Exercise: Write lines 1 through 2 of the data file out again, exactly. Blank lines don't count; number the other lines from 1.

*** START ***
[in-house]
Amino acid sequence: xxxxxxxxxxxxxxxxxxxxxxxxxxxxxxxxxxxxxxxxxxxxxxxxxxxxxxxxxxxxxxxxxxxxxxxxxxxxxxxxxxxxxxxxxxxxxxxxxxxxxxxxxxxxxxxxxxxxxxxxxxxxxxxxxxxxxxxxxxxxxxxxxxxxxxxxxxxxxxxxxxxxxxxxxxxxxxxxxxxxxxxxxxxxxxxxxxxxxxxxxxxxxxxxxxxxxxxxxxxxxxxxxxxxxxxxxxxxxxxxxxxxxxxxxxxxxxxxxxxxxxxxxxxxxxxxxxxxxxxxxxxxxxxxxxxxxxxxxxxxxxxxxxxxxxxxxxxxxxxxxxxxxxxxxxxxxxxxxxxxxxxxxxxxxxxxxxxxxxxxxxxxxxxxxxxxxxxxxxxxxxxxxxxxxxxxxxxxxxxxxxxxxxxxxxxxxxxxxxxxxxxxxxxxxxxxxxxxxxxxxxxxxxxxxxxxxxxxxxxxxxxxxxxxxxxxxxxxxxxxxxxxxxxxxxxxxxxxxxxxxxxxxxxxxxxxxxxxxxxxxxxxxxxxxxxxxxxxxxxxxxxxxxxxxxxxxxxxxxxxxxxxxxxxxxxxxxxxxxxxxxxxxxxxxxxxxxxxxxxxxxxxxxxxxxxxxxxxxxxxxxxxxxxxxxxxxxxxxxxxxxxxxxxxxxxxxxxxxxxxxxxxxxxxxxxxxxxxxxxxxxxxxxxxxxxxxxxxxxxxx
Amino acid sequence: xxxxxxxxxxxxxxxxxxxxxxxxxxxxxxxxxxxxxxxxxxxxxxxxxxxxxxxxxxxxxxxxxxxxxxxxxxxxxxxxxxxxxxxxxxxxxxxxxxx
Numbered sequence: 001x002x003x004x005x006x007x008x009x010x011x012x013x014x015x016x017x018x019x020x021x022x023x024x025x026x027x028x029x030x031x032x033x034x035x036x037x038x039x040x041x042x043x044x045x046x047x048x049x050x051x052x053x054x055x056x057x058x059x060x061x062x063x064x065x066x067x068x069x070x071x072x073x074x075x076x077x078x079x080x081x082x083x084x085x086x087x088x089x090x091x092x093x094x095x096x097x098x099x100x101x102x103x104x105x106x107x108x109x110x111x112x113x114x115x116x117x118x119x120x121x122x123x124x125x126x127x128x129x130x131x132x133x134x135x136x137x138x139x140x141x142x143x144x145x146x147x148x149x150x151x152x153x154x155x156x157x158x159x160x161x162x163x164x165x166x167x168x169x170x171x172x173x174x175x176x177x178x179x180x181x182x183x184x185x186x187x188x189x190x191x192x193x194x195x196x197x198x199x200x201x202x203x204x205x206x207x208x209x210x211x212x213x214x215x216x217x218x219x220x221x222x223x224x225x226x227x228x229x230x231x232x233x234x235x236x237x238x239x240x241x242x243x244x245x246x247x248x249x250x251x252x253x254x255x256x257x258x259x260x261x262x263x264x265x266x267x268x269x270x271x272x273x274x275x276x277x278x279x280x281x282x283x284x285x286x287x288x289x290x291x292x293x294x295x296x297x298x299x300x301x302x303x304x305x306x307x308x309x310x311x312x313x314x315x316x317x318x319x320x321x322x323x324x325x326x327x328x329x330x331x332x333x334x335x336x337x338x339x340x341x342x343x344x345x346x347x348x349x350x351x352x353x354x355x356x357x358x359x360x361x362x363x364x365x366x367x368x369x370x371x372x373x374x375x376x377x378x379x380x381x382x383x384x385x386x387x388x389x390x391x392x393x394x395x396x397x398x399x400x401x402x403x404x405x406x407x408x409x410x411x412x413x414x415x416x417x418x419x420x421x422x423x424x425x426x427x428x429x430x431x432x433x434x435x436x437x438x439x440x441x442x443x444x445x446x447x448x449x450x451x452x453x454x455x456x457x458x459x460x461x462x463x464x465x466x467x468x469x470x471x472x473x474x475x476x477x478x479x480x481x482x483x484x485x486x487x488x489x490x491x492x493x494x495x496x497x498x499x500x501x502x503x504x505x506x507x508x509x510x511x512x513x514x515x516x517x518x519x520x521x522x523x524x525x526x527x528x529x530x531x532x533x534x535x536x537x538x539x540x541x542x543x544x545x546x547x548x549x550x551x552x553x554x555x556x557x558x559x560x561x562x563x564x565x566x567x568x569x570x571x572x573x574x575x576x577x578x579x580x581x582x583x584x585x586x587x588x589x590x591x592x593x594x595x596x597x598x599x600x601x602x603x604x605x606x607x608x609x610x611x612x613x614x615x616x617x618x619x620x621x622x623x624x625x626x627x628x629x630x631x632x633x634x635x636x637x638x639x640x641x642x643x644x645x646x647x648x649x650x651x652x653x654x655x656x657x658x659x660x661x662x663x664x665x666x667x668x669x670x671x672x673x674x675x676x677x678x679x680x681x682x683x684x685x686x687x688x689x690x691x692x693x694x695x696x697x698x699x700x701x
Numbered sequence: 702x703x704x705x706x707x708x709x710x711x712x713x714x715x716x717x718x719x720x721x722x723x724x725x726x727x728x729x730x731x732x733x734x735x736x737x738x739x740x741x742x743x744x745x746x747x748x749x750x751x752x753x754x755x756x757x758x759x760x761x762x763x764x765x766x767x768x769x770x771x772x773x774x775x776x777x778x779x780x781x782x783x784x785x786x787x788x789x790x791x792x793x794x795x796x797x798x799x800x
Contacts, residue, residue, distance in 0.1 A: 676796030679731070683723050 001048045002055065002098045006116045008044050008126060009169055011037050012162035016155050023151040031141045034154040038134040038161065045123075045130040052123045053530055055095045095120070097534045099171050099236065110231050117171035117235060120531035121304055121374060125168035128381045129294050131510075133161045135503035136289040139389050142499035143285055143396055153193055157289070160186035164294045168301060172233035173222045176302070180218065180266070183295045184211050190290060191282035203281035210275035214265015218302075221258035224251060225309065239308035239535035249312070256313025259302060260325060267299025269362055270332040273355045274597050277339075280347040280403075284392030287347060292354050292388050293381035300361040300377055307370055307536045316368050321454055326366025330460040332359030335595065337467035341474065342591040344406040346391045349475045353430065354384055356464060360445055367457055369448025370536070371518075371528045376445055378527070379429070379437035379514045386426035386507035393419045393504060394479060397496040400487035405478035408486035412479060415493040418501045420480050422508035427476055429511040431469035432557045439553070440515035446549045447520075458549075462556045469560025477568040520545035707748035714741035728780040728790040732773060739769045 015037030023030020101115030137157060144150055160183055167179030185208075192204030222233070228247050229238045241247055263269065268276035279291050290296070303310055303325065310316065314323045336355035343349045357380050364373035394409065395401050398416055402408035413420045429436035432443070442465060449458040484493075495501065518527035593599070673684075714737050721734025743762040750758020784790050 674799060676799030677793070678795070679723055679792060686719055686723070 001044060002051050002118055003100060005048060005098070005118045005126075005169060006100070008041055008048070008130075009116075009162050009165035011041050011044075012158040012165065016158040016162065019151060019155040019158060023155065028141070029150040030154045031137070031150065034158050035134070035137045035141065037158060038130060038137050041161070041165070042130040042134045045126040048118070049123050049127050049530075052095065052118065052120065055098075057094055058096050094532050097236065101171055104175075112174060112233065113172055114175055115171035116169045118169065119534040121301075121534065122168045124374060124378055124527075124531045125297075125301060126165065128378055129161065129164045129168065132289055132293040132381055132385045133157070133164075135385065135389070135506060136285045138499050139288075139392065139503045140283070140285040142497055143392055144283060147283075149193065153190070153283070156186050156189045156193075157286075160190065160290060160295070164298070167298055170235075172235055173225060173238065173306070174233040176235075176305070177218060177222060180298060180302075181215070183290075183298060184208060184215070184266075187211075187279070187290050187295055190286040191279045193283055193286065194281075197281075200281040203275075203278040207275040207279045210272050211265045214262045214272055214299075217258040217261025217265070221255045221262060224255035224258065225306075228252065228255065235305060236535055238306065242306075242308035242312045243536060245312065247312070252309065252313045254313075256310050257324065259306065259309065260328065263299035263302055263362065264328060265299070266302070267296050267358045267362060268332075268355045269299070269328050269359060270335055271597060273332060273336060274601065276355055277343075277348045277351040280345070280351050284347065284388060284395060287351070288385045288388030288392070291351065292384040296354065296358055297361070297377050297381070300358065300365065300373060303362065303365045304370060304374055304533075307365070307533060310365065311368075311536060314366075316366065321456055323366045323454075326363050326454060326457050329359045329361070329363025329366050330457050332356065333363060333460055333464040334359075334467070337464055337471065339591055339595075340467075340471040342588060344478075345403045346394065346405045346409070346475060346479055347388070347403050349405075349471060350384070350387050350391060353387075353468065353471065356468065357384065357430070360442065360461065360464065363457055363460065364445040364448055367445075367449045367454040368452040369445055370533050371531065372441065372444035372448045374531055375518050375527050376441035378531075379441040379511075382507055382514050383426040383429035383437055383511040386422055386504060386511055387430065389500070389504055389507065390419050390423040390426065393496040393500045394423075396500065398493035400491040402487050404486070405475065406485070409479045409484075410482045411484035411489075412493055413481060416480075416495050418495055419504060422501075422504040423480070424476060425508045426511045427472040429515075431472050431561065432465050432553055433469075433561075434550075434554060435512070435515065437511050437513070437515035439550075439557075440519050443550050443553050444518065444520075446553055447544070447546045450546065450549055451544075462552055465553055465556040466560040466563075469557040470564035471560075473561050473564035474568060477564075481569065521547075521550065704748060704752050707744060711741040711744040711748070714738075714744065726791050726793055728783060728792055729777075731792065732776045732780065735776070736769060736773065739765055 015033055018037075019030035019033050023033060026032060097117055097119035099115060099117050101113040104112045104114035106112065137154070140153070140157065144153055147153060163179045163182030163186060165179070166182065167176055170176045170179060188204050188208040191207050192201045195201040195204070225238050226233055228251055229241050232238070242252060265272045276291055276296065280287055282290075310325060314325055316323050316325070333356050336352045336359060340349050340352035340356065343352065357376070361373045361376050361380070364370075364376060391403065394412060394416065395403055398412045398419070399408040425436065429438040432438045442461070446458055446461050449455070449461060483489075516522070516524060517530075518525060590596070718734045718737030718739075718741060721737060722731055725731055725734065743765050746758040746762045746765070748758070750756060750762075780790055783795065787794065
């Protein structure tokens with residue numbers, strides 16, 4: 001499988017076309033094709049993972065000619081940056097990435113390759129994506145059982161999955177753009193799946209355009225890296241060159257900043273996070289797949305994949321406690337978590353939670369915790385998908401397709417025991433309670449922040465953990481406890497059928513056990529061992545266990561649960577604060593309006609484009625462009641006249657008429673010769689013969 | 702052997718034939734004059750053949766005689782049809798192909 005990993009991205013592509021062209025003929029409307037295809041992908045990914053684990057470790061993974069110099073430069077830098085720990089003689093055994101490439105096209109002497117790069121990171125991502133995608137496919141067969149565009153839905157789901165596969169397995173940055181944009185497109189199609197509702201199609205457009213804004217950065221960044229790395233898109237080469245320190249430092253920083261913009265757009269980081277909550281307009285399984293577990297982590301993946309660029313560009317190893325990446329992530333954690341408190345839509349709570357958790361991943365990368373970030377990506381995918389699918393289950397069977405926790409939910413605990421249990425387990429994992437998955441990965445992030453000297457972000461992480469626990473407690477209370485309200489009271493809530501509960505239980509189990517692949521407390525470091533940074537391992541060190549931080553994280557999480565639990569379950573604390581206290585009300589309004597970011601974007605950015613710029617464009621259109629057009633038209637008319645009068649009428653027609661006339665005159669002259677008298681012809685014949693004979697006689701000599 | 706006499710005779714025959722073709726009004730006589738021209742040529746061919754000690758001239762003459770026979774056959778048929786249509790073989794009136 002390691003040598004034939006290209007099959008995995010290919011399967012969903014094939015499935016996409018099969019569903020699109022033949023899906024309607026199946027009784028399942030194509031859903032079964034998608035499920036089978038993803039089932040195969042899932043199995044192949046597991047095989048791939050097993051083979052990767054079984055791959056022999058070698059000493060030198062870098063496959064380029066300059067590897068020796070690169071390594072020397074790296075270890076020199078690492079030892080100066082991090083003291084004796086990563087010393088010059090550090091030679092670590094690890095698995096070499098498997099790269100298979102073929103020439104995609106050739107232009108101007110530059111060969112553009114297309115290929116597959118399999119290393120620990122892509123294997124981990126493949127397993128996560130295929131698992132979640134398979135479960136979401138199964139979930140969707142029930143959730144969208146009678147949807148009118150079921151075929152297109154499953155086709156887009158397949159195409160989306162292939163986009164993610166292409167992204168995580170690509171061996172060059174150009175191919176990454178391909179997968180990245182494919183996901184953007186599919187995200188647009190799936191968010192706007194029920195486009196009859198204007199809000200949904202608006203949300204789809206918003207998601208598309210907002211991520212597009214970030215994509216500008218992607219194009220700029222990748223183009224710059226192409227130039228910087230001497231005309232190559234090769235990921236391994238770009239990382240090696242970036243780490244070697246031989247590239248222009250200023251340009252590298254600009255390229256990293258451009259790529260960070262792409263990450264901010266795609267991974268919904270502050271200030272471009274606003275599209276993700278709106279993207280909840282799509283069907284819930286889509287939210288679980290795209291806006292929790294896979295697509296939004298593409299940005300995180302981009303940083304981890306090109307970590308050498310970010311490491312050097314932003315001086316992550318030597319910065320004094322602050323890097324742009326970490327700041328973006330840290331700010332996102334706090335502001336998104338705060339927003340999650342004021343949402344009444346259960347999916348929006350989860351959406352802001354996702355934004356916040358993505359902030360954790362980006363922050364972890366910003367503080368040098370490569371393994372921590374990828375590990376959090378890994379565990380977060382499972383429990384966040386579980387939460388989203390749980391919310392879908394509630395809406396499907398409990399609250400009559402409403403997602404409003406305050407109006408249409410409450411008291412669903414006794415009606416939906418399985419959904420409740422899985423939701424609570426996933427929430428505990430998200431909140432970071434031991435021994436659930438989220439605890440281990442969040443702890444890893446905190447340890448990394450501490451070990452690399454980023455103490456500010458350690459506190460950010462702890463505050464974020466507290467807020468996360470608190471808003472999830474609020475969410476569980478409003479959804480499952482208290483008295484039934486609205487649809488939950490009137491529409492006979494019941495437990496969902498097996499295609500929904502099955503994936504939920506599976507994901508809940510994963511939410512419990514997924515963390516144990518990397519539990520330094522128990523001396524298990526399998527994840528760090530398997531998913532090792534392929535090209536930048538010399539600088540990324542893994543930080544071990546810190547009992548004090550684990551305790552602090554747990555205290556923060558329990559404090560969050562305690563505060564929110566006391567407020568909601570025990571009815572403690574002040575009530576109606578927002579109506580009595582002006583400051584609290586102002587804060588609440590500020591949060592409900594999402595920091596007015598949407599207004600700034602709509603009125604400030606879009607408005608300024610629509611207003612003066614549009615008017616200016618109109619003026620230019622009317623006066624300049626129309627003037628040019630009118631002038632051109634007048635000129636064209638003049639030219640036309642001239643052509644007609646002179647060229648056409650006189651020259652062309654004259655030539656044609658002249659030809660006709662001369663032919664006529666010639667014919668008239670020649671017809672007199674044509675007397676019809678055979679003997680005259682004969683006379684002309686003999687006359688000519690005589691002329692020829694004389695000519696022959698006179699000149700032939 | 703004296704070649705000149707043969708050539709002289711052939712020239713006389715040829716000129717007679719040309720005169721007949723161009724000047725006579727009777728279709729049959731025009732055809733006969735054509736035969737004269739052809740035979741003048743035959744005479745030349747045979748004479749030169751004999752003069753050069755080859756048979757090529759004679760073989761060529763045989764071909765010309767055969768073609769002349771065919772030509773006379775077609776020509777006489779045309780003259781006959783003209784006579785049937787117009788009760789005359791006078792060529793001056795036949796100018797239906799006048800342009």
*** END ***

[in-house]
Amino acid sequence: xxxxxxxxxxxxxxxxxxxxxxxxxxxxxxxxxxxxxxxxxxxxxxxxxxxxxxxxxxxxxxxxxxxxxxxxxxxxxxxxxxxxxxxxxxxxxxxxxxxxxxxxxxxxxxxxxxxxxxxxxxxxxxxxxxxxxxxxxxxxxxxxxxxxxxxxxxxxxxxxxxxxxxxxxxxxxxxxxxxxxxxxxxxxxxxxxxxxxxxxxxxxxxxxxxxxxxxxxxxxxxxxxxxxxxxxxxxxxxxxxxxxxxxxxxxxxxxxxxxxxxxxxxxxxxxxxxxxxxxxxxxxxxxxxxxxxxxxxxxxxxxxxxxxxxxxxxxxxxxxxxxxxxxxxxxxxxxxxxxxxxxxxxxxxxxxxxxxxxxxxxxxxxxxxxxxxxxxxxxxxxxxxxxxxxxxxxxxxxxxxxxxxxxxxxxxxxxxxxxxxxxxxxxxxxxxxxxxxxxxxxxxxxxxxxxxxxxxxxxxxxxxxxxxxxxxxxxxxxxxxxxxxxxxxxxxxxxxxxxxxxxxxxxxxxxxxxxxxxxxxxxxxxxxxxxxxxxxxxxxxxxxxxxxxxxxxxxxxxxxxxxxxxxxxxxxxxxxxxxxxxxxxxxxxxxxxxxxxxxxxxxxxxxxxxxxxxxxxxxxxxxxxxxxxxxxxxxxxxxxxxxxxxxxxxxxxxxxxxxxxxxxxxxxxxxxxxxxxxxxxxxxxxxxxxxxxxxxxxxxx